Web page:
So I was really looking forward to this solo book from Frank and I was not disappointed.
God’s Favorite Place on Earth is about a place and some people. Lazarus’ voice and perspective is used to relate not just the facts but also the relationships, the emotions and the community of Jesus in Bethany. This is the place and the people that Jesus returned to, time and time again when he needed a retreat and reunite with his loved ones and families in the sense of his human experience. These were his special loved ones in addition to his disciples who entered his life in his ministry and preparation for all he was called to be and to do.
As I read through this book I was impressed and touched by how Frank has moved from didactic teaching to taking truth and putting it into a narrative format, which in places almost reads like poetry. There is dialogue. There is introspection. All of ties together and brings the reader to a place that evokes understanding, emotion and it makes Jesus more personal through the personal impact he had on those who loved him and knew him well before he entered into the time of his public ministry. It’s an entirely new dimension than anything I have seen from Frank before and it speaks to me of a reflection of a deeper walk with Christ in the season of life Frank appears to be going through now. It opens his mind but even more, it opens his heart.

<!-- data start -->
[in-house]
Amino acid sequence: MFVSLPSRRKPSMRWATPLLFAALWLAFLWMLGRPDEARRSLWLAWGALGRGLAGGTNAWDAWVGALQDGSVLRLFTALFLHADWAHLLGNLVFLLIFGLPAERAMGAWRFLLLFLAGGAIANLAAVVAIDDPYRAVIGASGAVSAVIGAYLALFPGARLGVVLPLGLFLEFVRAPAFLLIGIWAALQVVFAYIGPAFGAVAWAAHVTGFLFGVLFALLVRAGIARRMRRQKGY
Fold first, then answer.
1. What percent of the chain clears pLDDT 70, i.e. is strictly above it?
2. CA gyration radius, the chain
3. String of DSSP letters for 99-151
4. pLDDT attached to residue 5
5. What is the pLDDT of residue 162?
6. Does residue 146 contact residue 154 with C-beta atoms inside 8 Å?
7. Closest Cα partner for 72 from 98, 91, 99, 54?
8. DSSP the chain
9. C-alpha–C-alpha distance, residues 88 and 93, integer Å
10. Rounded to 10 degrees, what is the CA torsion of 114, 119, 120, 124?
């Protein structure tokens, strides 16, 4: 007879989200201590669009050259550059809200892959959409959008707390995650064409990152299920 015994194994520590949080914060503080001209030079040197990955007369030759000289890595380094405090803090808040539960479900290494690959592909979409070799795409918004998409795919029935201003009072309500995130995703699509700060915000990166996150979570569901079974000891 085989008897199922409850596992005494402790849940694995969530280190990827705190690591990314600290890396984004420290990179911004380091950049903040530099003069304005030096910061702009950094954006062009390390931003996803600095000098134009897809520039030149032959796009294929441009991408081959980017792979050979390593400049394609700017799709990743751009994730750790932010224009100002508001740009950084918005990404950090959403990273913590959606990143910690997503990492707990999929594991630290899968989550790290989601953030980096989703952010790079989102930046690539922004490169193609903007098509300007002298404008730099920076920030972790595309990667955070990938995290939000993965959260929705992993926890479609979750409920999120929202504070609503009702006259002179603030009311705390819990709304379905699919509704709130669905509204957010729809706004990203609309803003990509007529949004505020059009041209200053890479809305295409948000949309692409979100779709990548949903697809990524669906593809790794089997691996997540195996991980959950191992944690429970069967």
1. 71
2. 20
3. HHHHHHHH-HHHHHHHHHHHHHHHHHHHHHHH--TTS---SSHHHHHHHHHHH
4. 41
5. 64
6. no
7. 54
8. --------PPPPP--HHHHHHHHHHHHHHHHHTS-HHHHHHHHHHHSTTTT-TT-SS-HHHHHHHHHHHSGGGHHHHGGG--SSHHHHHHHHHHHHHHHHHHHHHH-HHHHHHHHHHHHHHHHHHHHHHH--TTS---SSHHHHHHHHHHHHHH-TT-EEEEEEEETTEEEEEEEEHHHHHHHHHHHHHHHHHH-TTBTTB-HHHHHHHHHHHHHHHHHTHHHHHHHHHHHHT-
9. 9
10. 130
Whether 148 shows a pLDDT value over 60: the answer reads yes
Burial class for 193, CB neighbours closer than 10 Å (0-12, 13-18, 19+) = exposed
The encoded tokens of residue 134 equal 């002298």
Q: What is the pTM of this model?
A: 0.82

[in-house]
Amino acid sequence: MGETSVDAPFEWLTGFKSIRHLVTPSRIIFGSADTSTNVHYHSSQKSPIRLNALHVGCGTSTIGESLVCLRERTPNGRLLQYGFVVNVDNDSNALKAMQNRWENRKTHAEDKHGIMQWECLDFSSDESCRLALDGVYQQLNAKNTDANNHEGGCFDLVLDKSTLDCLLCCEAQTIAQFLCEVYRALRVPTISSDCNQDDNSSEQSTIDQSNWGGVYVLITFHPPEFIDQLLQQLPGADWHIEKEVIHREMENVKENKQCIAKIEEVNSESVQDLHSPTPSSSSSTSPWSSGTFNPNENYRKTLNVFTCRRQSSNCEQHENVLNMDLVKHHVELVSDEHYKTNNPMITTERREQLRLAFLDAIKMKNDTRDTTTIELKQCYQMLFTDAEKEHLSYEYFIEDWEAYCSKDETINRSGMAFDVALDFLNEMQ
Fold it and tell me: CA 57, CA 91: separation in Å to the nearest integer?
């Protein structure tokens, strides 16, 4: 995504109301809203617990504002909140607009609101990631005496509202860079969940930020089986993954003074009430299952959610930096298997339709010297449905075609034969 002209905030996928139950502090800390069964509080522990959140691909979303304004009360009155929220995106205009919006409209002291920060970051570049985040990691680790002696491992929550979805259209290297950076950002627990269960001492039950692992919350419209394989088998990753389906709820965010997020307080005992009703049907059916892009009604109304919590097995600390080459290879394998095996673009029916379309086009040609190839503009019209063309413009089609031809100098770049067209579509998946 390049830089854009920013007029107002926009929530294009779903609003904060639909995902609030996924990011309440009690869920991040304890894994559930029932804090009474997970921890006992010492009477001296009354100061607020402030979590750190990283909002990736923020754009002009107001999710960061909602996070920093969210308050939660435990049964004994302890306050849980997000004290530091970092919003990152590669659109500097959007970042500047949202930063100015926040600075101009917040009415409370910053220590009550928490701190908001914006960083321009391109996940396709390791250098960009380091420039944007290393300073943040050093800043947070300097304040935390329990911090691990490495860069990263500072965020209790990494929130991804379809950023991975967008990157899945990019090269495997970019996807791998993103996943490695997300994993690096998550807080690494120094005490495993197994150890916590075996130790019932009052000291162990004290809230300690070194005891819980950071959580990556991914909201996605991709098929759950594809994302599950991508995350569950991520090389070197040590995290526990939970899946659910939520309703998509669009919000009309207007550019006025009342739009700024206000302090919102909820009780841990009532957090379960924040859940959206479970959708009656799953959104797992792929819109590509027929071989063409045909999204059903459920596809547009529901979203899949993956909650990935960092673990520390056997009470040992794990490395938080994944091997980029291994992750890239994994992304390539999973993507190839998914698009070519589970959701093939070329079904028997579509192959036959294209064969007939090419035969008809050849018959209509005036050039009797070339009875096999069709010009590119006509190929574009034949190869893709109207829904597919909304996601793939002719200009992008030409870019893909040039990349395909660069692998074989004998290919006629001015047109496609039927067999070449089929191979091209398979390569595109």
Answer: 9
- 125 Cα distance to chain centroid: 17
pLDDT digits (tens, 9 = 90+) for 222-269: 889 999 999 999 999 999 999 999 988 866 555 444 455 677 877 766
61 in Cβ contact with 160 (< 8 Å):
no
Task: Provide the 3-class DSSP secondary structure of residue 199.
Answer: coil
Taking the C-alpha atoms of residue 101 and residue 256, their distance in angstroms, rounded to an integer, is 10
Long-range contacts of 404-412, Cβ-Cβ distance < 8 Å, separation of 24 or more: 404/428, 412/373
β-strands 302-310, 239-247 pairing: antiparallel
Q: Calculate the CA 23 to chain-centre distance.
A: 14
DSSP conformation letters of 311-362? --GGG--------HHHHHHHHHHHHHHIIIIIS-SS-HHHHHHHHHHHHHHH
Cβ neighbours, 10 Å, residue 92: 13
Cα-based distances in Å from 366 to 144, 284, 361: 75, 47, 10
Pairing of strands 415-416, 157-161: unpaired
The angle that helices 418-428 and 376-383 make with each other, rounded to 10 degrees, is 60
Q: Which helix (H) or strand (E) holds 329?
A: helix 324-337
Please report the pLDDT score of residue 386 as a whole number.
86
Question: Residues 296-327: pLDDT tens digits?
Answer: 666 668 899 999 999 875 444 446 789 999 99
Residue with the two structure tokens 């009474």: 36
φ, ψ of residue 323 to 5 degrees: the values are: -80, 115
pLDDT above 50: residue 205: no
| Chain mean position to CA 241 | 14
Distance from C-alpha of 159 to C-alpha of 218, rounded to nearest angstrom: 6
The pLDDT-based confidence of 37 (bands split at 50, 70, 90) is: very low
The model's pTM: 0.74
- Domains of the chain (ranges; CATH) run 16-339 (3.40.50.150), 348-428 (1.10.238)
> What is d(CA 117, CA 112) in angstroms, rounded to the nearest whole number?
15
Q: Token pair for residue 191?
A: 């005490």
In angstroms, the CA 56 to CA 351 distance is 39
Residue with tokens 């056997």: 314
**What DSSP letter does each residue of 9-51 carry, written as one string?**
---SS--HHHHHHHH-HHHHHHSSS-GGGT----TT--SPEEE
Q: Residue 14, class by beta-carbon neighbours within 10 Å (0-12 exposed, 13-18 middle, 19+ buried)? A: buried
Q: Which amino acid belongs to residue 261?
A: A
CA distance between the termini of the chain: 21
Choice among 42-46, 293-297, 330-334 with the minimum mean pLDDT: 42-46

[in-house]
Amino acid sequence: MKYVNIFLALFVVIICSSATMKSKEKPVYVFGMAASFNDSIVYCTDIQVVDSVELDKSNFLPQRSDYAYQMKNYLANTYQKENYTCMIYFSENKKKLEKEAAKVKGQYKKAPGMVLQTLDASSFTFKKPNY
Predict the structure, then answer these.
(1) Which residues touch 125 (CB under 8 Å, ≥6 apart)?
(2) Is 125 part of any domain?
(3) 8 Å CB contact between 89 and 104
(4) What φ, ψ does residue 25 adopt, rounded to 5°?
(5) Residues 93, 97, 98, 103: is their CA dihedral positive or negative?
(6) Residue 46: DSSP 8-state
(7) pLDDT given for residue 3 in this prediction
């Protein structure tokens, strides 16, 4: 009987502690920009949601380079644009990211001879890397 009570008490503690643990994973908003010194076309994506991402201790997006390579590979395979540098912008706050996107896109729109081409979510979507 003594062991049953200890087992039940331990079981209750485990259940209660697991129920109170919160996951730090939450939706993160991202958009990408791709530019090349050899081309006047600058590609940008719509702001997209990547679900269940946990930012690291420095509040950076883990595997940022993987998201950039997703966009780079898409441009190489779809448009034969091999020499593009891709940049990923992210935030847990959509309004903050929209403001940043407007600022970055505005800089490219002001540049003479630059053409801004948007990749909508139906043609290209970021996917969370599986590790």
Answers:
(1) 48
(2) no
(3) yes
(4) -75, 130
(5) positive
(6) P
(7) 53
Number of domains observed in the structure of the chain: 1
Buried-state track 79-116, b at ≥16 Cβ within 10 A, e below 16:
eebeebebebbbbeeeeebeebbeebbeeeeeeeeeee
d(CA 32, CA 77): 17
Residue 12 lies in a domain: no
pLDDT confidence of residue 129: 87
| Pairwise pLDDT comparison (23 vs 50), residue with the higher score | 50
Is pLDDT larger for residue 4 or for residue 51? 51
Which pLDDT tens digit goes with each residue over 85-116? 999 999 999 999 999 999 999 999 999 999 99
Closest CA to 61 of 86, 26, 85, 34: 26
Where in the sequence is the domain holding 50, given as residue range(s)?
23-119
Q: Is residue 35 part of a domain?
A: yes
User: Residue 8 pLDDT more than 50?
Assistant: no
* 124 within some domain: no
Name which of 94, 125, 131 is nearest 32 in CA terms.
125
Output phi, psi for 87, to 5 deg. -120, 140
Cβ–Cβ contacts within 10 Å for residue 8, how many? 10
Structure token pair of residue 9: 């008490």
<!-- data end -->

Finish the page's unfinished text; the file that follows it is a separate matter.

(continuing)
I highly recommend this book, not surprisingly as I’ve highly recommended every book of Frank’s that I have read. This book in particular is well suited as a book study and discussion prompter and it reads well on its own or would serve well for a group to read and discuss together.
5 Stars and I continue to look forward to what Frank has to say in the days ahead.
(review originally posted on Amazon at: http://www.amazon.com/review/R37QQNKWOV2L87/ref=cm_cr_rdp_perm